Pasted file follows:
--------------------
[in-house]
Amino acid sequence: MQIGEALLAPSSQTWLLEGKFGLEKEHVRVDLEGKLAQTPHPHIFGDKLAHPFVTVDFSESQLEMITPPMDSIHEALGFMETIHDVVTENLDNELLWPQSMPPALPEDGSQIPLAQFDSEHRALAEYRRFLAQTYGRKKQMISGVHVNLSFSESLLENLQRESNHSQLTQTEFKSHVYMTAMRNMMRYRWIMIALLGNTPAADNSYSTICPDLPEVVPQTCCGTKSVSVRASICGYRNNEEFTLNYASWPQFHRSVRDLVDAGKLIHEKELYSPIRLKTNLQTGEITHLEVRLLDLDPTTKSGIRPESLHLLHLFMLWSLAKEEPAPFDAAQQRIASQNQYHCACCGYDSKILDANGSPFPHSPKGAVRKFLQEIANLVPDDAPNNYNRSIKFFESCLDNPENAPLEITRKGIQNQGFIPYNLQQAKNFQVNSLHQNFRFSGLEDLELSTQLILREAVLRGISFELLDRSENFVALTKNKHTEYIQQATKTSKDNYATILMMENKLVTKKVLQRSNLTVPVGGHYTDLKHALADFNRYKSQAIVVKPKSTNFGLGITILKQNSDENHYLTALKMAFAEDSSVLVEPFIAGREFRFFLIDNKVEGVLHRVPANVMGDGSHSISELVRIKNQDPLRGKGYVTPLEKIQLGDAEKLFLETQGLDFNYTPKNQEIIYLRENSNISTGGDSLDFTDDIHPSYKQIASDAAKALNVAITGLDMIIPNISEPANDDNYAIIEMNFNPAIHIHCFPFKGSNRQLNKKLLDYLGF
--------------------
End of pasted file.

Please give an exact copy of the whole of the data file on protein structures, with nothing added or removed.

[in-house]
Amino acid sequence: MQIGEALLAPSSQTWLLEGKFGLEKEHVRVDLEGKLAQTPHPHIFGDKLAHPFVTVDFSESQLEMITPPMDSIHEALGFMETIHDVVTENLDNELLWPQSMPPALPEDGSQIPLAQFDSEHRALAEYRRFLAQTYGRKKQMISGVHVNLSFSESLLENLQRESNHSQLTQTEFKSHVYMTAMRNMMRYRWIMIALLGNTPAADNSYSTICPDLPEVVPQTCCGTKSVSVRASICGYRNNEEFTLNYASWPQFHRSVRDLVDAGKLIHEKELYSPIRLKTNLQTGEITHLEVRLLDLDPTTKSGIRPESLHLLHLFMLWSLAKEEPAPFDAAQQRIASQNQYHCACCGYDSKILDANGSPFPHSPKGAVRKFLQEIANLVPDDAPNNYNRSIKFFESCLDNPENAPLEITRKGIQNQGFIPYNLQQAKNFQVNSLHQNFRFSGLEDLELSTQLILREAVLRGISFELLDRSENFVALTKNKHTEYIQQATKTSKDNYATILMMENKLVTKKVLQRSNLTVPVGGHYTDLKHALADFNRYKSQAIVVKPKSTNFGLGITILKQNSDENHYLTALKMAFAEDSSVLVEPFIAGREFRFFLIDNKVEGVLHRVPANVMGDGSHSISELVRIKNQDPLRGKGYVTPLEKIQLGDAEKLFLETQGLDFNYTPKNQEIIYLRENSNISTGGDSLDFTDDIHPSYKQIASDAAKALNVAITGLDMIIPNISEPANDDNYAIIEMNFNPAIHIHCFPFKGSNRQLNKKLLDYLGF